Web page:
Low-power 32-bit microcontrollers provide first development platforms for DALI and DMX512 wired lighting control systems

May 04, 2012 // By Paul Buckley
NXP Semiconductors N.V. has introduced the industry's first development platforms for DALI and DMX512 wired lighting control systems based on the low-cost, low-power 32-bit ARM Cortex-M0 processor.

The new evaluation systems feature an NXP LPC1100XL series microcontroller, which is suited to handle the communication requirements for intelligent lighting projects using DALI and DMX. In addition, the DMX512 system includes a master controller board with the LPC11U00, a highly flexible USB microcontroller, also based on the Cortex-M0.

Both the DALI and DMX512 systems can be connected to any of NXP’s lamp drivers using the PWM outputs of the Cortex-M0 processor. NXP will also offer an optional evaluation system to simplify RGB LED power stage design.

The first DALI and DMX512 evaluation systems available from NXP feature an LPC1114 microcontroller based on the Cortex-M0. The popular LPC1100XL series microcontroller offers a combination of features making it ideally suited for intelligent lighting projects using DALI, the Digital Addressable Lighting Interface, or DMX512.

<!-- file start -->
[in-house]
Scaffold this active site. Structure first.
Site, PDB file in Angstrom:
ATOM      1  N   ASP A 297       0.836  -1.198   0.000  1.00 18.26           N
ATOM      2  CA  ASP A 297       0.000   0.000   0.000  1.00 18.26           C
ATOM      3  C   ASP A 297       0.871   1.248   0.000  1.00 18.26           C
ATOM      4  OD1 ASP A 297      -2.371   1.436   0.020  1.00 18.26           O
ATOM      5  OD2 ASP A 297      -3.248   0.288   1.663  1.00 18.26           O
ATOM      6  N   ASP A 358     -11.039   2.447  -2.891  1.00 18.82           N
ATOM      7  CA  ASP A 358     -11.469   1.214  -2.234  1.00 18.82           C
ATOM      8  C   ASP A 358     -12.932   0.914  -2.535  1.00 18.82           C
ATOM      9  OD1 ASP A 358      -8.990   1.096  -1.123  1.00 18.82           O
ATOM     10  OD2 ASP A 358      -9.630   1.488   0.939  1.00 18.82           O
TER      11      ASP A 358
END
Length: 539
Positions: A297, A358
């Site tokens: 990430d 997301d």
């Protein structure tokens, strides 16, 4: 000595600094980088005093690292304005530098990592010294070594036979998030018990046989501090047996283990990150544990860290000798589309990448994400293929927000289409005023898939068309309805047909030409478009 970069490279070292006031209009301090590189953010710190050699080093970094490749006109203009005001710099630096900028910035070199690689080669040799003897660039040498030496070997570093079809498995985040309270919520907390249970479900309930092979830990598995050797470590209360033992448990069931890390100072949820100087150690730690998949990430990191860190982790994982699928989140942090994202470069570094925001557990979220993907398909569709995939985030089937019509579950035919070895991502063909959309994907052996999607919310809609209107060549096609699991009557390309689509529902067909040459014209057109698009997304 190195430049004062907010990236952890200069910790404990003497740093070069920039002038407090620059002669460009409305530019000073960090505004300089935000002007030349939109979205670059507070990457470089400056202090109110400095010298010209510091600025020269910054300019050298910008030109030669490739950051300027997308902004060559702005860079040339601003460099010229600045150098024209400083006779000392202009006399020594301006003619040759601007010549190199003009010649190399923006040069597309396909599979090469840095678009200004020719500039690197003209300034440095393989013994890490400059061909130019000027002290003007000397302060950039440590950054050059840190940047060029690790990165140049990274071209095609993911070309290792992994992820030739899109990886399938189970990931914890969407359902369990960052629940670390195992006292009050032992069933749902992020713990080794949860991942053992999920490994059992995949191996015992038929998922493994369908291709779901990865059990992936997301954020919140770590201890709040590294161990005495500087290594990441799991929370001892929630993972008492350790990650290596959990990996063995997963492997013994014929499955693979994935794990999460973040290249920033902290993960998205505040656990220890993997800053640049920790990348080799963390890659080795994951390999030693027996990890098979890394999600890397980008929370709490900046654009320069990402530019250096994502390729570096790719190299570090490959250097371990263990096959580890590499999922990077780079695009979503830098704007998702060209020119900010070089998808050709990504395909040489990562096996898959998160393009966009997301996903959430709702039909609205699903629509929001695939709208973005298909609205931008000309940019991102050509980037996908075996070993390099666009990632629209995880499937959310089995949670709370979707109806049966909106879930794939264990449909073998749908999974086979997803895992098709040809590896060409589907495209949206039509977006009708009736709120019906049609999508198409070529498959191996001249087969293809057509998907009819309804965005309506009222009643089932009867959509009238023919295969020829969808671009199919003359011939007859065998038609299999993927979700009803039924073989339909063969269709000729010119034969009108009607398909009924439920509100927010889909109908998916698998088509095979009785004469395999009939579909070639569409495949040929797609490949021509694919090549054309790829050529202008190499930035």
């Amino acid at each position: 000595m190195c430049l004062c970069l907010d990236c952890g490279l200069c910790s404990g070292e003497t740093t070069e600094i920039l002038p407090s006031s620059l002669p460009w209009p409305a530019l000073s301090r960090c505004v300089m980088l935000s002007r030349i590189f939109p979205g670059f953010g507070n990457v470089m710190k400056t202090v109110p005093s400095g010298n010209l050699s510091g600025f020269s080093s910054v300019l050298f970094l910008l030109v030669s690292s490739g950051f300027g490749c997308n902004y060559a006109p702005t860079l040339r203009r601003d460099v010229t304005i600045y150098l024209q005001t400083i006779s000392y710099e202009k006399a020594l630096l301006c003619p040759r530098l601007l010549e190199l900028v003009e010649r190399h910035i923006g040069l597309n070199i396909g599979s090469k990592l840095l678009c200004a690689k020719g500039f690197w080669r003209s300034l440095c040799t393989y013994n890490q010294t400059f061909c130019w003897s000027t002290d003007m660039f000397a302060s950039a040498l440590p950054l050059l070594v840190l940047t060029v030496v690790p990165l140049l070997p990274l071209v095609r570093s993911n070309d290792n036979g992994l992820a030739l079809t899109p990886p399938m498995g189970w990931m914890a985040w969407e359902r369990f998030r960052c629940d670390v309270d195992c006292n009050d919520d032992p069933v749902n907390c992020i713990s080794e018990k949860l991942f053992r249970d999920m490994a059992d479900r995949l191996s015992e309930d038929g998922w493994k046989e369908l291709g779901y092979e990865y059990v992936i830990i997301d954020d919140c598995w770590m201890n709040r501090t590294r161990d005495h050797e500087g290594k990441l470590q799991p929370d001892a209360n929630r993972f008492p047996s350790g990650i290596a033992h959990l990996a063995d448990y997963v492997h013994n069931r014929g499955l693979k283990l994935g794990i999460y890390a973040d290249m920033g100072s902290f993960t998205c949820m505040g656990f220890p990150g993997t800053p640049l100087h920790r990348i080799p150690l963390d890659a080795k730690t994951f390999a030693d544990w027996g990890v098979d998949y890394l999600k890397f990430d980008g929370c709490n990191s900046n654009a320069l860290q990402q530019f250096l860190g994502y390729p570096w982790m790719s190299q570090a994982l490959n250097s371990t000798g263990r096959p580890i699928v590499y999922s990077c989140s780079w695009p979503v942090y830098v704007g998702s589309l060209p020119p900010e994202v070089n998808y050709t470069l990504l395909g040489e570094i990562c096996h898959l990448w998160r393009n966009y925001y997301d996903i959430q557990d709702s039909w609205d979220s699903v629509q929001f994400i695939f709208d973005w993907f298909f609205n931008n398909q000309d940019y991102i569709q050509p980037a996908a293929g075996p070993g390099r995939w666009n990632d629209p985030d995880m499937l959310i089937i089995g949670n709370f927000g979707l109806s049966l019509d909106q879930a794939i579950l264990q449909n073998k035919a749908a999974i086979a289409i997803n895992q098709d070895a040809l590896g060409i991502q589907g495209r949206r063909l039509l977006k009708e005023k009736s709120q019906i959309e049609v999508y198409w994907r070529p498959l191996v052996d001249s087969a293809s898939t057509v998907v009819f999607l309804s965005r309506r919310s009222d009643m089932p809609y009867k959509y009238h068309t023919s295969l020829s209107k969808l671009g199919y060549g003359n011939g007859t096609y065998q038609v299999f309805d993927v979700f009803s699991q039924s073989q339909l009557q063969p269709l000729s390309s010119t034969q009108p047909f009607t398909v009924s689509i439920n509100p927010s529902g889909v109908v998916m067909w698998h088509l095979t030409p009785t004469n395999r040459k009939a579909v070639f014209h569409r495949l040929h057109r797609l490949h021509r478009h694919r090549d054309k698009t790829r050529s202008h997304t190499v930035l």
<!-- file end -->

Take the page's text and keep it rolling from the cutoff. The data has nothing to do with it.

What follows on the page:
With performance up to 45 DMIPS, the 50-MHz LPC1100XL series offers the resources required for a single MCU to code and decode DALI and DMX messages and generate PWM signals, with enough bandwidth available for the end application.

The new extra-low-power LPC1100XL series, NXP provides the industry’s lowest 32-bit active power consumption at 110 uA/MHz, and standby power consumption below 2 uA.

Storing scene settings and other programs in non-volatile memory are straightforward, using EEPROM emulation in flash or by using integrated EEPROM, now available in the LPC11E00 series.
Offering up to four 16-bit and 32-bit timers, the LPC1100XL series can generate up to 11 PWM signals to control and dim the ballast.

Embedded lighting applications can be programmed in C, significantly reducing development complexity. A basic DALI driver is available from NXP. For DMX lighting networks, development time is further reduced through the NXP solution, which already implements basic functions and Remote Device Management (RDM) in a fully DMX512-compliant software stack.

By offering many built-in peripherals to interface with lighting drivers and network interfaces in a tiny footprint, the LPC1100XL offers cost savings in the total BoM.